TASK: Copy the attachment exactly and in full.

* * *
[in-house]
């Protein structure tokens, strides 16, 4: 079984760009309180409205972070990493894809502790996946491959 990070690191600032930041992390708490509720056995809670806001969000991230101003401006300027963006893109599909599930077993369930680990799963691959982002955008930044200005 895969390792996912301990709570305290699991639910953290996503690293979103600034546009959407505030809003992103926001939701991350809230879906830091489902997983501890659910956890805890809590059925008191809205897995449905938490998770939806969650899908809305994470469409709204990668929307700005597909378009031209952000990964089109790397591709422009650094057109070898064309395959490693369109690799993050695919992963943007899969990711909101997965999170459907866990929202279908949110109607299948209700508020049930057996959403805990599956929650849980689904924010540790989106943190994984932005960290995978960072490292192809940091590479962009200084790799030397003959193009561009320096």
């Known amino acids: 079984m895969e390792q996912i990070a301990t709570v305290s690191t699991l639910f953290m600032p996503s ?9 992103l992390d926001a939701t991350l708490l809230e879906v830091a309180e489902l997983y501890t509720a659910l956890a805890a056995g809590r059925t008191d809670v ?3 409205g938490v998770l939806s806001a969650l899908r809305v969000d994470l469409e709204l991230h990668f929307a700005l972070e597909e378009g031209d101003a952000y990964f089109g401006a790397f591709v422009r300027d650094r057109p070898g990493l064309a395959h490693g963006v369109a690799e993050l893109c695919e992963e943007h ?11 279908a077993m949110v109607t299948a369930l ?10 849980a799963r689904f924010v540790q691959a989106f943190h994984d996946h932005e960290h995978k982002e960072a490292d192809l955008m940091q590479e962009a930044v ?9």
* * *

[in-house]
């Protein structure tokens, strides 16, 4: 079984760009309180409205972070990493894809502790996946491959 990070690191600032930041992390708490509720056995809670806001969000991230101003401006300027963006893109599909599930077993369930680990799963691959982002955008930044200005 895969390792996912301990709570305290699991639910953290996503690293979103600034546009959407505030809003992103926001939701991350809230879906830091489902997983501890659910956890805890809590059925008191809205897995449905938490998770939806969650899908809305994470469409709204990668929307700005597909378009031209952000990964089109790397591709422009650094057109070898064309395959490693369109690799993050695919992963943007899969990711909101997965999170459907866990929202279908949110109607299948209700508020049930057996959403805990599956929650849980689904924010540790989106943190994984932005960290995978960072490292192809940091590479962009200084790799030397003959193009561009320096």
């Known amino acids: 079984m895969e390792q996912i990070a301990t709570v305290s690191t699991l639910f953290m600032p996503s ?9 992103l992390d926001a939701t991350l708490l809230e879906v830091a309180e489902l997983y501890t509720a659910l956890a805890a056995g809590r059925t008191d809670v ?3 409205g938490v998770l939806s806001a969650l899908r809305v969000d994470l469409e709204l991230h990668f929307a700005l972070e597909e378009g031209d101003a952000y990964f089109g401006a790397f591709v422009r300027d650094r057109p070898g990493l064309a395959h490693g963006v369109a690799e993050l893109c695919e992963e943007h ?11 279908a077993m949110v109607t299948a369930l ?10 849980a799963r689904f924010v540790q691959a989106f943190h994984d996946h932005e960290h995978k982002e960072a490292d192809l955008m940091q590479e962009a930044v ?9």